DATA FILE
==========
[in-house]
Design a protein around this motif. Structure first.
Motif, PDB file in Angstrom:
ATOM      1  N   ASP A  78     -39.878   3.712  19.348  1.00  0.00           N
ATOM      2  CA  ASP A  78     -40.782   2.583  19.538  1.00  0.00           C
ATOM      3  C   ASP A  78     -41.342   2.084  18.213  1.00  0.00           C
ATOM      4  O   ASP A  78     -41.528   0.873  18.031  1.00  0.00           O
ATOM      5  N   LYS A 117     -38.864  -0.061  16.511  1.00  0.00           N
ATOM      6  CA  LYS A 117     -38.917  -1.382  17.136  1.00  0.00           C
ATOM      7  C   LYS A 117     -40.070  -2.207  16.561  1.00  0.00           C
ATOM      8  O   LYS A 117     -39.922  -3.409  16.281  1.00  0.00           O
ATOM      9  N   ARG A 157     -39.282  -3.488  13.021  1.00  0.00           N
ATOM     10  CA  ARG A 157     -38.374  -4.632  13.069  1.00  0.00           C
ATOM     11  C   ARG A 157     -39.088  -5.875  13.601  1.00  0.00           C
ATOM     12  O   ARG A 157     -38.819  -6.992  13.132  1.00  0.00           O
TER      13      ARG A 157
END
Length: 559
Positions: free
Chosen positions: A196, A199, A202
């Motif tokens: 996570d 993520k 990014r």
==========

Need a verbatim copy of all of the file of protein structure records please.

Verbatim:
[in-house]
Design a protein around this motif. Structure first.
Motif, PDB file in Angstrom:
ATOM      1  N   ASP A  78     -39.878   3.712  19.348  1.00  0.00           N
ATOM      2  CA  ASP A  78     -40.782   2.583  19.538  1.00  0.00           C
ATOM      3  C   ASP A  78     -41.342   2.084  18.213  1.00  0.00           C
ATOM      4  O   ASP A  78     -41.528   0.873  18.031  1.00  0.00           O
ATOM      5  N   LYS A 117     -38.864  -0.061  16.511  1.00  0.00           N
ATOM      6  CA  LYS A 117     -38.917  -1.382  17.136  1.00  0.00           C
ATOM      7  C   LYS A 117     -40.070  -2.207  16.561  1.00  0.00           C
ATOM      8  O   LYS A 117     -39.922  -3.409  16.281  1.00  0.00           O
ATOM      9  N   ARG A 157     -39.282  -3.488  13.021  1.00  0.00           N
ATOM     10  CA  ARG A 157     -38.374  -4.632  13.069  1.00  0.00           C
ATOM     11  C   ARG A 157     -39.088  -5.875  13.601  1.00  0.00           C
ATOM     12  O   ARG A 157     -38.819  -6.992  13.132  1.00  0.00           O
TER      13      ARG A 157
END
Length: 559
Positions: free
Chosen positions: A196, A199, A202
């Motif tokens: 996570d 993520k 990014r």